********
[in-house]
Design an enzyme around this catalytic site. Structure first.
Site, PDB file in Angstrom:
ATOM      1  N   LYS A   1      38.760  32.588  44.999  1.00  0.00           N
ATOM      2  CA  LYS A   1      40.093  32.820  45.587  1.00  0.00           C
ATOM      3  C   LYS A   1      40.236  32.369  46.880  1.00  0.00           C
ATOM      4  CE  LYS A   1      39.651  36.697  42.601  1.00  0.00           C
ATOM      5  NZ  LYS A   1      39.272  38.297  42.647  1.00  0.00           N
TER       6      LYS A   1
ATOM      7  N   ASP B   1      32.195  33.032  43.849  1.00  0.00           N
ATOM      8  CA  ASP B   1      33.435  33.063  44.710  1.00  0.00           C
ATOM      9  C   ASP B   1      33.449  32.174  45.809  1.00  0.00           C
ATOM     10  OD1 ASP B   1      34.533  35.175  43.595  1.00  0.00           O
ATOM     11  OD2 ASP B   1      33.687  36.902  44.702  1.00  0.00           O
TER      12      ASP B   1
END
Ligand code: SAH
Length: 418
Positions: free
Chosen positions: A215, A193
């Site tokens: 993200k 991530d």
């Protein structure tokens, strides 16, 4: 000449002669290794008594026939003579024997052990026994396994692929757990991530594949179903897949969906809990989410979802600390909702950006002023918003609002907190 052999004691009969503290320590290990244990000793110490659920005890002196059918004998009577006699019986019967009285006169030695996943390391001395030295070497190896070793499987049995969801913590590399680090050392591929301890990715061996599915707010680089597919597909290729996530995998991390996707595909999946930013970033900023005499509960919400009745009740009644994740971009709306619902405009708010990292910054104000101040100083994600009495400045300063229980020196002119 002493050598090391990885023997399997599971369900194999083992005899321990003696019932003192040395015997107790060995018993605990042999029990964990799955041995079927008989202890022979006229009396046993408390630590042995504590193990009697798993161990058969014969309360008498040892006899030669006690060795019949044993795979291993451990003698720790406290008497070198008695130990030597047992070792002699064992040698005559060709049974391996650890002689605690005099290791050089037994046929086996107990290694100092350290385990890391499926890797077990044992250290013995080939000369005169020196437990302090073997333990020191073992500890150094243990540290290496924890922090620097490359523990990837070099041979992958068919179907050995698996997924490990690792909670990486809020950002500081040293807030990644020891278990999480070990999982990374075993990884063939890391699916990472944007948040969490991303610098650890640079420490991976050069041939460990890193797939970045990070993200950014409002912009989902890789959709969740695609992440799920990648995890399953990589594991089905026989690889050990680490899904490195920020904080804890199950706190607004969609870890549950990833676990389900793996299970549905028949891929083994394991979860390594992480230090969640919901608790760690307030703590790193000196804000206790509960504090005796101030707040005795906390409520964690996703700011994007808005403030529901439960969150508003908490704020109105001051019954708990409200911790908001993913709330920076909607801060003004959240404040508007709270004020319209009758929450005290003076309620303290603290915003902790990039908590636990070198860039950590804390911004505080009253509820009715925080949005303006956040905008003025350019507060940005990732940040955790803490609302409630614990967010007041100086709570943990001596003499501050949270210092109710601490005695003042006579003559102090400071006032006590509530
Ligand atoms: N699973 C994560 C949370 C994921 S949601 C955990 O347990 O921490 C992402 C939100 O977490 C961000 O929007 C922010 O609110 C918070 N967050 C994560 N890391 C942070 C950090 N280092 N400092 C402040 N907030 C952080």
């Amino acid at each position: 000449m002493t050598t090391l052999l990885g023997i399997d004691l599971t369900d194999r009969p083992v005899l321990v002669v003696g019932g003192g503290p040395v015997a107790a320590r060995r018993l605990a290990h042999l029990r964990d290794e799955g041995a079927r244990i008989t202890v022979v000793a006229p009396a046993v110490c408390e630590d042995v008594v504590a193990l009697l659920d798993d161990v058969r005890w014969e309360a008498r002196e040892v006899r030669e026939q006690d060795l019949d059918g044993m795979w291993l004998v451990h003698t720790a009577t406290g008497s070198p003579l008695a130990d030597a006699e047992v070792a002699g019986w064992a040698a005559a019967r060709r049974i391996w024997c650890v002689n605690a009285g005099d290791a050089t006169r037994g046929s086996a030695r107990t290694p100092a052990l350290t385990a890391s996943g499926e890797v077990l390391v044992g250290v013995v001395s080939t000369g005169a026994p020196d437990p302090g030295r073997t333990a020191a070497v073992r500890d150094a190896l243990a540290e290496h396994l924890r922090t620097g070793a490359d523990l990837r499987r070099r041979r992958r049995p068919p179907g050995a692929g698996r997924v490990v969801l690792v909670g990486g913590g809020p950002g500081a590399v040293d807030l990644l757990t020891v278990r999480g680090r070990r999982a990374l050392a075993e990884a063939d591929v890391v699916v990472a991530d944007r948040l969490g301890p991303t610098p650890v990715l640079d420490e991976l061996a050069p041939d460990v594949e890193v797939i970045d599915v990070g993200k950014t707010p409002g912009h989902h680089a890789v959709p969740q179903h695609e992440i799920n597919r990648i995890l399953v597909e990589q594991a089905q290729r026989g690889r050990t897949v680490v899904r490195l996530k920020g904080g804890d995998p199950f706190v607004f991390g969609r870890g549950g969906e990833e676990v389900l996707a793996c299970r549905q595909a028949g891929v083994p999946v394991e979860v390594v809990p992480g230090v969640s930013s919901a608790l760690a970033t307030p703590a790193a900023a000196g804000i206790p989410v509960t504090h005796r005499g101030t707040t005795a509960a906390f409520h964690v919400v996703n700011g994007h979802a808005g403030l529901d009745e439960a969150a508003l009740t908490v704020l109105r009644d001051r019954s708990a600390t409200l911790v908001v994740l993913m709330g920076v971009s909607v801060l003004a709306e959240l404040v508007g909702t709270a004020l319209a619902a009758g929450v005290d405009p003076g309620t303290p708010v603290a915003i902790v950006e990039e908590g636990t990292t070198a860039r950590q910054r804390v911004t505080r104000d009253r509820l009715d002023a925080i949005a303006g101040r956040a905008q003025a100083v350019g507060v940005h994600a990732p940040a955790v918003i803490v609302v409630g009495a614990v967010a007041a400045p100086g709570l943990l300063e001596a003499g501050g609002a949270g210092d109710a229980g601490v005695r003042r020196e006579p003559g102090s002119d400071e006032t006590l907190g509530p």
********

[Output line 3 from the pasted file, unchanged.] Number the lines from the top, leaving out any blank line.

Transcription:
Site, PDB file in Angstrom: